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Hormonal Imbalance after unilateral oopherectomy

I had my left ovary removed almost 1 year ago. I experience a lot of mood swings especially emotional distress, anger etc and hot flashes. Now however the mood swings have improved quite a bit. But there is a new problem that I am facing. I get excessive water retention in my body, i can feel my hands padded up,my breasts are extremely painful and feel exhausted and tempramental. This worsens close to mid cycle and gets better as I head towards menses, but breast pain never completely goes away through the entire cycle. This extent of discomfort varies somewhat from one month to another. This (especially breast pain, water retention  and exhaustion) has started affecting my normal life and my emotional and psych health . Do you have any idea what could be going on and what should I do about it?

This discussion is related to Hormone irregularity after unilateral oophorectomy.
10 Responses
599170 tn?1300977493
Hi welcome to our forum.

Hope to offfer you a few clues and options...after a unilateral oopherectomy the remaining ovary is a bit shocked. It may stop functioning for a few months...then in theory it should begin to do the work of both ovaries..Kinda like when a person looses one kidney the other does double time.

Since its been one year you definiatley should get a full work up. pelvic exam, pap smear, blood work..also get full hormone panel,,,the reg blood work is for white , red count etc...

I almost wonder if perhaps your right ovary is only functioning ever other month..like it did when you had two. you know how we ovulate from one ovary one month and the opposite the next.

I had alot of the symptoms as you before my hysterectomy..and a lot after until I went on estrogen,

I checked your profile and see no indication of your age,,some symptoms could be pre or peri menopausal..and may I ask  1. your age 2. what was the reason you had left ovary removed.

remember we are not drs just volunteers who have had hysters and have earned the role of co or co cl..or advice is not equal to what you should get from a dr,,,but honestly Id get a second opinion...if it is a hormonal imbalance there are nurse practioners and some drs who specilty is hormones,  Go Bio-Idendical,

let us know how you are ok?

any more questions we are here


Avatar universal
Hi Cherie

Thankyou for the response. I am 28 years old and my ovary was removd because I had a huge dermoid cyst in the left ovary that had eaten up the entire ovarian tisue. I have got my pap smear and pelvic exam done recently, they look okay. The last time i got blood work for hormones done, my estrogen and progestron were quite out of range, but that blood exam was done just a month or so after the surgery and the doc said that the hormones will get back to normal after a while. I havent got a hormone test done since then. You are right i should get blood work done.
Avatar universal
I'm 25 yr old doctor (medical officer). I had unliateral opherectomy due to dermoid cyst in 2008. I was 21 yrs of age I was told that it was cystectomy only, by my father who is a physician. I didn't feel well since that time. I have bouts of depression and crying. I noticed that my colour has become dark and pale and my skin is dry. I used to have smooth and soft skin and now my body fats get less in my cheeks and thighs and back and in  my entire skin. I became very thin. I actually knew that it is opherectomy by the symptoms I experienced and got very angry they didn't tell me or councelled me about the things I may experience. I has regular cycles throughout my life and after the operation, but I didn't feel the fluid retention and premenstrual tension I used to feel before unilateral opherectomy during the first year following it. Only in the third year I started to have it back. These symptoms last to about two yrs to the extent that I felt that I may not come back to as I was. I've consulted some of the major gynecolgists in my country and was told that I can have normal cycles hormones and may perceive. and one assured me about my shape and dimensions are normal after he did some physical assesment. I asked about delay in marriage would it affect me he answered it wouldn't affect your case specifically but would rather affect females in general since studies shown that both fertility and sexual performance are affected by the age of both partners, the younger the better. And assured me when I asked him about menopause that it is not affected by unilateral opherectomy.  He commented no gynecological pathology on ultrasound report and asked me no need for coming back. hopefully after 2 yrs I started to regain my  fair colour and my skin get less dry, started to look more female than before. and by this year 2011 I feel I'm very much better my colour more fair ang bright my skin more soft and smooth my pelvis get wider and my face thighs and pelvis regained some of their fats and I think get more taller (lol. It's true, estrogen maintains cartilage and bone built. Honestly speaking during my first shift in my internship I had very tough work and used to stand for long time and my legs are very exhausted and started to feel pain and discomfrot which turned to be ligamenus laxity when I consulted an orthopedist. I have no reason to develop such a disease I could only explain it by the general effect of estrogen deficiency I experienced) and I feel that I'm improving and this is going on, hopefully till back to before opherctomy. Actually I used to believe that I lost half of my store of ova, and that I'm consuming from one overy and then it will runout of ova earlier or that the only half of my store is not satisfactory for supplying my body with hormones. But when I started to read and enquire from my father, he told me that the hormone axis of  hypothalmus-pituitary-ovaries will adapt to induce the overy to get the sufficient hormones you need (seems that adaptation will take a while). Also  one of my colleagues who had a top academic score in the university years informed me that loss of ova is not a quantitative loss but rather aging, by the age of menopause the ova are not actually lost but had undergone atresia.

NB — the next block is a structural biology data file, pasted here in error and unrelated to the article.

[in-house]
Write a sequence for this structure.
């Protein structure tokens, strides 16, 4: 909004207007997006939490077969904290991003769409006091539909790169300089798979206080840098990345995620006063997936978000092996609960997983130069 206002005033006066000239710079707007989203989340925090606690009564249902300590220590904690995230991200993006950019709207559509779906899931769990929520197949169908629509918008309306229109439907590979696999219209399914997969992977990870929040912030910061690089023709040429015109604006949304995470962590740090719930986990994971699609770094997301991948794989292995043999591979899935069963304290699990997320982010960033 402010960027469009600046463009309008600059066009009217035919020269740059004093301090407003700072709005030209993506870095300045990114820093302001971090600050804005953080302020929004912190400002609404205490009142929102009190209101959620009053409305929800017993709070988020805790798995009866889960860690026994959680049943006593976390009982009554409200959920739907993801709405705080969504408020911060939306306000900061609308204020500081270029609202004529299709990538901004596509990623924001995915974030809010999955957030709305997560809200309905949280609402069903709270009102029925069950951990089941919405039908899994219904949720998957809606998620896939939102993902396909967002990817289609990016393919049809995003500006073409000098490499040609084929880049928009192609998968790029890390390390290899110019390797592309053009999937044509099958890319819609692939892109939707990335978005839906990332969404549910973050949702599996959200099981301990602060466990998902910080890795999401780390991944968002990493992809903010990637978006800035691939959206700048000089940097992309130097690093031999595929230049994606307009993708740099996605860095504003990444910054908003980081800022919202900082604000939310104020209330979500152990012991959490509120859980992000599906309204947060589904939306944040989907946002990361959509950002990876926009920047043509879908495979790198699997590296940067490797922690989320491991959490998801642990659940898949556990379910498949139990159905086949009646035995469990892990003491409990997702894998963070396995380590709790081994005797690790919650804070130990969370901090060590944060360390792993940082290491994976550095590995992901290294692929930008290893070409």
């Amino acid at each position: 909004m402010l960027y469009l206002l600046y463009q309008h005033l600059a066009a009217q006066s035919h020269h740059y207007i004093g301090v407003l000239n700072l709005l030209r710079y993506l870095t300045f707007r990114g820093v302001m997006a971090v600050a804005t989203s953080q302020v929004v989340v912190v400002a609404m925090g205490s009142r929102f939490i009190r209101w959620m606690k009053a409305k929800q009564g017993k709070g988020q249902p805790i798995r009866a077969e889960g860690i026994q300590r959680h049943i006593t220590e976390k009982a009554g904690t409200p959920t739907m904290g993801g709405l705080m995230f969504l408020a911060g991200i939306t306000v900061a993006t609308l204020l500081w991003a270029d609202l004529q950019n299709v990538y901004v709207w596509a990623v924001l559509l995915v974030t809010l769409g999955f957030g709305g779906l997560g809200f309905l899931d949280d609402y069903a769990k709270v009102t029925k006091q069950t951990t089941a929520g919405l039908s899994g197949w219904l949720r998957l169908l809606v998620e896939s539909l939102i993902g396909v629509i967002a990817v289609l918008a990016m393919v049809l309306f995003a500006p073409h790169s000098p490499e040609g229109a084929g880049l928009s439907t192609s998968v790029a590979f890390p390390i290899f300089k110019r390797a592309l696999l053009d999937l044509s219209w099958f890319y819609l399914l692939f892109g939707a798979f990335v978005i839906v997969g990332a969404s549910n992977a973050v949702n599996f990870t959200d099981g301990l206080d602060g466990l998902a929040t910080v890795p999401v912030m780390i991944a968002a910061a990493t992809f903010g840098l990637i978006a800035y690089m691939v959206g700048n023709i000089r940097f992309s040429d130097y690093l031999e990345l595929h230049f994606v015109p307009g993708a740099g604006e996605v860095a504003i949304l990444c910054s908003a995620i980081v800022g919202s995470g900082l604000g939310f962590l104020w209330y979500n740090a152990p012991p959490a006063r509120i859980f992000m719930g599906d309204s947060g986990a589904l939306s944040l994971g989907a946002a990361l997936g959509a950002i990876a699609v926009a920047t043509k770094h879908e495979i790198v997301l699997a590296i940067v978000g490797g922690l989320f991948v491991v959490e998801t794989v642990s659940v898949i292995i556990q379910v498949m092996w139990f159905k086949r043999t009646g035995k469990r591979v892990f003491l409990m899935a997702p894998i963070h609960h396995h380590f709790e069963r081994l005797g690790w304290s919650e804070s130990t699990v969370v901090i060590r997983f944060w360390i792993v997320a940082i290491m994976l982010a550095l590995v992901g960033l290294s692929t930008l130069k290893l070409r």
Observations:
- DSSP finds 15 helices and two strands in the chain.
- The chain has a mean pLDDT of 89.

Avatar universal